2. Think about a time when you have shared your personal testimony. what was that like? What may prevent you from sharing?
  3. What do you believe about healing? What do you know about healing and the United Methodist Church? Think about any benefits of our church offering services of healing and wholeness.

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Matthew 3:13-17 NRSV (Baptism) and Matthew 26:26-30 NRSV (Communion)

Sermon Questions:
1.  What stories do you know about your own baptism?
2.  How does the way you live your life reflect your baptism?
3.  United Methodists celebrate an open communion table: open to everyone. Does that enrich your understanding of this sacrament?
4.  Is communion a living experience for you? If so, what impact does it have upon your life and living?

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Psalm 84: 1-11

Questions to Consider

1. What qualifies as “Worship” for you and why?
2. Consider worship experiences at both our church and other churches you have visited. What makes Worship vital, memorable, or life-changing? Share your worship ideas with us!
3. Talk about five sensory worship.
4. For whom/what group is our worship designed? Hear more about our forming Worship Design Teams.
5. How might our worship reach 21st century Millennials, ‘nones’ or ‘dones’ for Christ? What if it called for an enhancement of our current worship services or an exciting new service?

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Hebrews 4: 12-13; II Timothy 2:15; Romans 12: 2

Consider the following questions in preparation for the sermon:

1. What do you know about how the Bible came together? Might this affect your reading of it?
2. How would you describe your relationship with the Bible? Do you read it and how often? Why read the Bible? What are your biggest obstacles to reading/studying Scripture?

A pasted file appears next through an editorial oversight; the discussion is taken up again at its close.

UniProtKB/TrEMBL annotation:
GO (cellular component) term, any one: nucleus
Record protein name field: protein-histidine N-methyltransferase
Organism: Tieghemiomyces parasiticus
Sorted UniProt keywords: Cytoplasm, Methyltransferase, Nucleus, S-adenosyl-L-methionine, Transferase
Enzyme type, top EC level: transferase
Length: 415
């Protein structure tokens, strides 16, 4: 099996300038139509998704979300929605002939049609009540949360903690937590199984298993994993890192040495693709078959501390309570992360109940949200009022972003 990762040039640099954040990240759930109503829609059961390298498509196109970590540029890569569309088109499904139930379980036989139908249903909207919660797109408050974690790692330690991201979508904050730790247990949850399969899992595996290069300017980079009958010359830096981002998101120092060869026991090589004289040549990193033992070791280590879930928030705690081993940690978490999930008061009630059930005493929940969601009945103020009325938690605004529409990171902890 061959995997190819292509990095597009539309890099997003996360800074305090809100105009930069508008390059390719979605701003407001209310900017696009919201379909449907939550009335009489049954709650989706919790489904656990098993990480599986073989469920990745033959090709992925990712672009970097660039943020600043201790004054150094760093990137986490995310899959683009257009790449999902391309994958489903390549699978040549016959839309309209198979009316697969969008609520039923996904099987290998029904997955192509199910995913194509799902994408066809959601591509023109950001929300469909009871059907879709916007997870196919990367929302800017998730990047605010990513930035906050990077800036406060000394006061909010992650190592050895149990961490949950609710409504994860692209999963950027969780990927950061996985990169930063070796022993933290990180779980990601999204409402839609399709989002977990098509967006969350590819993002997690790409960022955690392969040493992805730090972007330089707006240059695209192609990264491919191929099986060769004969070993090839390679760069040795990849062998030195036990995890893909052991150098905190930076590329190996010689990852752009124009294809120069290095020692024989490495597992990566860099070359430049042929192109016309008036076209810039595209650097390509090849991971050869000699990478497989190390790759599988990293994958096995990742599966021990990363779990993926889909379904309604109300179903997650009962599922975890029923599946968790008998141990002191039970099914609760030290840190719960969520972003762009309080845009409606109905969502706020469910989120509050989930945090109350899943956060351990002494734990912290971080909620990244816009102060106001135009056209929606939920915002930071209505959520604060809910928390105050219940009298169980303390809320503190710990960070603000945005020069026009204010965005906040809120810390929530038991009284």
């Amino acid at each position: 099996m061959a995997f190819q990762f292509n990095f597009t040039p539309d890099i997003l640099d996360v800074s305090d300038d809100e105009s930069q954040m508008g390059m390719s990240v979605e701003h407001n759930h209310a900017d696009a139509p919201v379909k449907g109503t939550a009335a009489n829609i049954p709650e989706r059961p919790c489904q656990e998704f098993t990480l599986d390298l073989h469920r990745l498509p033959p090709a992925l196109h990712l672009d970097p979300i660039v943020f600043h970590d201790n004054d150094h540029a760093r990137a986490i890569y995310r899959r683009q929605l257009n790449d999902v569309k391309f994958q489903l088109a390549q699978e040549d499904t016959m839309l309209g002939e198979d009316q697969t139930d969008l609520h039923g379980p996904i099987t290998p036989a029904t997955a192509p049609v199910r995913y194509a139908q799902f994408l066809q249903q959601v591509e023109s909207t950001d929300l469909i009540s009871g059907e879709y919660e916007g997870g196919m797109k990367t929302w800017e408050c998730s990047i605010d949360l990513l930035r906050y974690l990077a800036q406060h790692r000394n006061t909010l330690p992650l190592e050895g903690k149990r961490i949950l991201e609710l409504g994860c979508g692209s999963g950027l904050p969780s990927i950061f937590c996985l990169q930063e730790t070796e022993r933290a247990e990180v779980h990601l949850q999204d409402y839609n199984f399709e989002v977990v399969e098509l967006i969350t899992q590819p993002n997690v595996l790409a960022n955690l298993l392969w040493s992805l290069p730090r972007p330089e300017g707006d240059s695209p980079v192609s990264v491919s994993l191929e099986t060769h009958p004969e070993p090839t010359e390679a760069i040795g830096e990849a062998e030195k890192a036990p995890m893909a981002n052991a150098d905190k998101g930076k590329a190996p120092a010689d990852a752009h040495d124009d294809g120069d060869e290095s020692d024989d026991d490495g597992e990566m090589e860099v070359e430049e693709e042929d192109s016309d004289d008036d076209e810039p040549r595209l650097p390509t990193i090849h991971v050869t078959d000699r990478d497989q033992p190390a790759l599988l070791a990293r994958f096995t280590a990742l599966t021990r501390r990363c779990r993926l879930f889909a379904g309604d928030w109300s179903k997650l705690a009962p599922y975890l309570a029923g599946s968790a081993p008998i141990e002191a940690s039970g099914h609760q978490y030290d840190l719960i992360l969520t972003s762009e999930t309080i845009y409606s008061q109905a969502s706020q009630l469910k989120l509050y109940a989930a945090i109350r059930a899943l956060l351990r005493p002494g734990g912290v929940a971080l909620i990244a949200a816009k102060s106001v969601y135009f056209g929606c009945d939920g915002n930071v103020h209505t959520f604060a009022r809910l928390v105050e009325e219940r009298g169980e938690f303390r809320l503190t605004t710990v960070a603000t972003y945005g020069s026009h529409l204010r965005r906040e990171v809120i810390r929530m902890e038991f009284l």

3. Consider study aids such as Bible dictionaries, concordances and commentaries, maps, video reenactment of Scripture etc… What has been helpful to you?
4. How do you interpret Scripture? The Inerrant Word of God? God-breathed yet human transcribed, allowing for error? How do United Methodists read Scripture? Talk about Biblical authority.
5. Since there are different kinds of literature in the Bible, how might this impact our reading/interpretation.
6. Consider different uses of Scripture: meditation, prayer, study, song, poetry etc…

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“Of all the spiritual disciplines, it is the discipline of prayer that brings us into the deepest and highest work of the human spirit. Real prayer is life-creating and life-changing.”

Richard Foster (Quaker), The Celebration of Discipline

Mark 1: 32-39; 1 Corinthians 3:9
Questions for Consideration:
1. What is the purpose of prayer? Do you believe prayer really changes things?
2. Who was/has been your strongest prayer model in life?
3. Talk about the key Richard Foster prayer quote that Pastor Michelle shared in her sermon. What would happen if you took it to heart?
4. What are your greatest challenges with prayer? What would help?